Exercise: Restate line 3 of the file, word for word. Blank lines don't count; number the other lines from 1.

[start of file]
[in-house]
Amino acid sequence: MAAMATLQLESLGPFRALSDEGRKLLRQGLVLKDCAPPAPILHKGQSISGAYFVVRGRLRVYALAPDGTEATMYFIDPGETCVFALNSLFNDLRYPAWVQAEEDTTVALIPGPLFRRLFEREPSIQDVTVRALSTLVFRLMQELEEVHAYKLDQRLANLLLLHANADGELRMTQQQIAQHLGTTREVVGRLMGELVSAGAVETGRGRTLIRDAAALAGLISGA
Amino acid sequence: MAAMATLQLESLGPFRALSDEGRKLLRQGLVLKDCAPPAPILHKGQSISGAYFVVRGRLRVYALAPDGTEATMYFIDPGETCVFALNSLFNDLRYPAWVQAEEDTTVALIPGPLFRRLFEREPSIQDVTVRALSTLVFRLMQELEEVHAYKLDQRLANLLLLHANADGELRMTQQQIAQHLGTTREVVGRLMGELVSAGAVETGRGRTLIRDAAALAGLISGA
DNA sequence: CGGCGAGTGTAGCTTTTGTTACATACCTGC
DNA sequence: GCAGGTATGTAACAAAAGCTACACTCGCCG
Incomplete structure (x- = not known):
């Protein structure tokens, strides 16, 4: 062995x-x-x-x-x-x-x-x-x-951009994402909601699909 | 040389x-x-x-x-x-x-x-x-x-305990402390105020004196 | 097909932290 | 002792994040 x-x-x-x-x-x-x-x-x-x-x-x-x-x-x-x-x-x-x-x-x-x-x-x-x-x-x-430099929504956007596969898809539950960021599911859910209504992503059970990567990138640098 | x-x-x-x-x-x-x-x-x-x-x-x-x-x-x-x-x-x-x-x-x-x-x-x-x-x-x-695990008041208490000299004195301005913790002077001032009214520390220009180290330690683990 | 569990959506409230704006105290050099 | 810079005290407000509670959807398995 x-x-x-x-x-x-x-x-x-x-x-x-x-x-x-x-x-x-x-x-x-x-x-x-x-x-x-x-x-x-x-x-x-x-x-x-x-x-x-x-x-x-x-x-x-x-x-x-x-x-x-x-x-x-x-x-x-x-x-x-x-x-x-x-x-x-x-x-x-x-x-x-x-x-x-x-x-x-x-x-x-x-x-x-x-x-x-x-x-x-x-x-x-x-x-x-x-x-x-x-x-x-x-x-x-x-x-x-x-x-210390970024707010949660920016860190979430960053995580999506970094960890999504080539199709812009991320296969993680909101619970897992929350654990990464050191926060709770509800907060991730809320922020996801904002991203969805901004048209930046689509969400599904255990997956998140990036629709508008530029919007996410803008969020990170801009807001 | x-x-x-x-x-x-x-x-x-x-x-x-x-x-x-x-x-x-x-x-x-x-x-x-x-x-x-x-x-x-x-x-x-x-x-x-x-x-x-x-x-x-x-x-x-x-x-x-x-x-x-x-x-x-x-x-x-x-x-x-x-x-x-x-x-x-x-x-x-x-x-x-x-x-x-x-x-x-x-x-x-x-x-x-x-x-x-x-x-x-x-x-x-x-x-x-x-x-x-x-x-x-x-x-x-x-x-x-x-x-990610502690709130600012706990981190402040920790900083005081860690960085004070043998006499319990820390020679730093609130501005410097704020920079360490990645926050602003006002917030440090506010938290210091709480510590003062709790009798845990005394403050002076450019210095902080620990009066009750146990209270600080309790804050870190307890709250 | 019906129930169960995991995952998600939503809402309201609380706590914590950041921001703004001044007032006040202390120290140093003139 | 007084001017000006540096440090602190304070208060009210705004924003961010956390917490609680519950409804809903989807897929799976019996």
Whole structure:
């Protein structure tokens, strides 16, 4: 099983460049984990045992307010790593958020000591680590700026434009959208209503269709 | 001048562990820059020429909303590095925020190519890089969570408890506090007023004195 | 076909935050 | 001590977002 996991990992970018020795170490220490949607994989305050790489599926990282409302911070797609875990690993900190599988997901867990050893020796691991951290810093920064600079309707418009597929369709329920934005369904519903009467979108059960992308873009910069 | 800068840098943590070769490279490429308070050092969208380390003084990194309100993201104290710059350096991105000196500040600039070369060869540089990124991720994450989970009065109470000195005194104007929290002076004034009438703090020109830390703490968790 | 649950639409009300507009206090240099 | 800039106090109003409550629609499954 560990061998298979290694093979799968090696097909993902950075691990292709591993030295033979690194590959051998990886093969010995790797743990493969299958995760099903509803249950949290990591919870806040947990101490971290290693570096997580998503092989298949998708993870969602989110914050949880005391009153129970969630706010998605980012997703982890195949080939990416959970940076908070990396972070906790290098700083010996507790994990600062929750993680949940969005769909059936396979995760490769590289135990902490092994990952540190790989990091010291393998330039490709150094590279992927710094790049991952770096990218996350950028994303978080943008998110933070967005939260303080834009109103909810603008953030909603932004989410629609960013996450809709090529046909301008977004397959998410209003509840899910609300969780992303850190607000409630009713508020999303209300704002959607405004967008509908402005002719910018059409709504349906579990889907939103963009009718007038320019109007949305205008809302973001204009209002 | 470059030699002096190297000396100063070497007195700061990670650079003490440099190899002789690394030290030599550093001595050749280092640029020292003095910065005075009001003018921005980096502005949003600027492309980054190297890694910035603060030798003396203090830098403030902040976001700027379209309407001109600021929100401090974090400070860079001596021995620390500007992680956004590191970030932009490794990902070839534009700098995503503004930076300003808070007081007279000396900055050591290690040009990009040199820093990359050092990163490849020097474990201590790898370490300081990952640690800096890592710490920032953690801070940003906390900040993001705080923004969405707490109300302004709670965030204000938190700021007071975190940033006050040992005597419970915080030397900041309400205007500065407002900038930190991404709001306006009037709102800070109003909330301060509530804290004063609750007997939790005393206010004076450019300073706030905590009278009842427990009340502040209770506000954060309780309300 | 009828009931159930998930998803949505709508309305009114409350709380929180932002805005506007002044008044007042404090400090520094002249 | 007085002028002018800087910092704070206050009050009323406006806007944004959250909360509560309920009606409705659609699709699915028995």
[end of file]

Amino acid sequence: MAAMATLQLESLGPFRALSDEGRKLLRQGLVLKDCAPPAPILHKGQSISGAYFVVRGRLRVYALAPDGTEATMYFIDPGETCVFALNSLFNDLRYPAWVQAEEDTTVALIPGPLFRRLFEREPSIQDVTVRALSTLVFRLMQELEEVHAYKLDQRLANLLLLHANADGELRMTQQQIAQHLGTTREVVGRLMGELVSAGAVETGRGRTLIRDAAALAGLISGA